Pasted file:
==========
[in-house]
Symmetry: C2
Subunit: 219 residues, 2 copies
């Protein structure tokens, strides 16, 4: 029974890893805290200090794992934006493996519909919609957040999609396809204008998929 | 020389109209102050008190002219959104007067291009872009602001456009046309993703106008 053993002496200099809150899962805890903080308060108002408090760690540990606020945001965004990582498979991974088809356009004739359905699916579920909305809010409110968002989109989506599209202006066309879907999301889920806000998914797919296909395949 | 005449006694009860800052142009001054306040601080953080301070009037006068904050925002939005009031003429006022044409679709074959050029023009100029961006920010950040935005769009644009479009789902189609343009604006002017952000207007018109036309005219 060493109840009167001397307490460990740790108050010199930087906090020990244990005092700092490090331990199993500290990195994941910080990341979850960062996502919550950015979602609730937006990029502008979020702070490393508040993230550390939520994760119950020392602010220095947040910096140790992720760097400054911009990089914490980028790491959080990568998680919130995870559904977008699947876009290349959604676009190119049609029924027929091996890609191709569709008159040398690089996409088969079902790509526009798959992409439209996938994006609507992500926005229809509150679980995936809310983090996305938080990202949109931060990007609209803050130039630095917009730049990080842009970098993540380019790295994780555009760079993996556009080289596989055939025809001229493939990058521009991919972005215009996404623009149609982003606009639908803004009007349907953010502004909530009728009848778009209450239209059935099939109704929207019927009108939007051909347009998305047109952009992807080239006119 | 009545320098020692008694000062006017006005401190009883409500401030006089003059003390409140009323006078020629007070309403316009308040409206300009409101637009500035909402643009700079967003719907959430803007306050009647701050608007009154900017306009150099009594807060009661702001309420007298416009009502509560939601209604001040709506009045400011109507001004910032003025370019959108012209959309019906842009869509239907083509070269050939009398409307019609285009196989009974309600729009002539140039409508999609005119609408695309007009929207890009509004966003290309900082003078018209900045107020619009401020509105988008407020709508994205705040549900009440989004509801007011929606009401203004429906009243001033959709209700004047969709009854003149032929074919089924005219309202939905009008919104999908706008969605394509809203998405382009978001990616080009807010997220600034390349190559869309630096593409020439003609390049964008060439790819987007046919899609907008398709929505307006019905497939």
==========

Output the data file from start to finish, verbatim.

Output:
[in-house]
Symmetry: C2
Subunit: 219 residues, 2 copies
């Protein structure tokens, strides 16, 4: 029974890893805290200090794992934006493996519909919609957040999609396809204008998929 | 020389109209102050008190002219959104007067291009872009602001456009046309993703106008 053993002496200099809150899962805890903080308060108002408090760690540990606020945001965004990582498979991974088809356009004739359905699916579920909305809010409110968002989109989506599209202006066309879907999301889920806000998914797919296909395949 | 005449006694009860800052142009001054306040601080953080301070009037006068904050925002939005009031003429006022044409679709074959050029023009100029961006920010950040935005769009644009479009789902189609343009604006002017952000207007018109036309005219 060493109840009167001397307490460990740790108050010199930087906090020990244990005092700092490090331990199993500290990195994941910080990341979850960062996502919550950015979602609730937006990029502008979020702070490393508040993230550390939520994760119950020392602010220095947040910096140790992720760097400054911009990089914490980028790491959080990568998680919130995870559904977008699947876009290349959604676009190119049609029924027929091996890609191709569709008159040398690089996409088969079902790509526009798959992409439209996938994006609507992500926005229809509150679980995936809310983090996305938080990202949109931060990007609209803050130039630095917009730049990080842009970098993540380019790295994780555009760079993996556009080289596989055939025809001229493939990058521009991919972005215009996404623009149609982003606009639908803004009007349907953010502004909530009728009848778009209450239209059935099939109704929207019927009108939007051909347009998305047109952009992807080239006119 | 009545320098020692008694000062006017006005401190009883409500401030006089003059003390409140009323006078020629007070309403316009308040409206300009409101637009500035909402643009700079967003719907959430803007306050009647701050608007009154900017306009150099009594807060009661702001309420007298416009009502509560939601209604001040709506009045400011109507001004910032003025370019959108012209959309019906842009869509239907083509070269050939009398409307019609285009196989009974309600729009002539140039409508999609005119609408695309007009929207890009509004966003290309900082003078018209900045107020619009401020509105988008407020709508994205705040549900009440989004509801007011929606009401203004429906009243001033959709209700004047969709009854003149032929074919089924005219309202939905009008919104999908706008969605394509809203998405382009978001990616080009807010997220600034390349190559869309630096593409020439003609390049964008060439790819987007046919899609907008398709929505307006019905497939």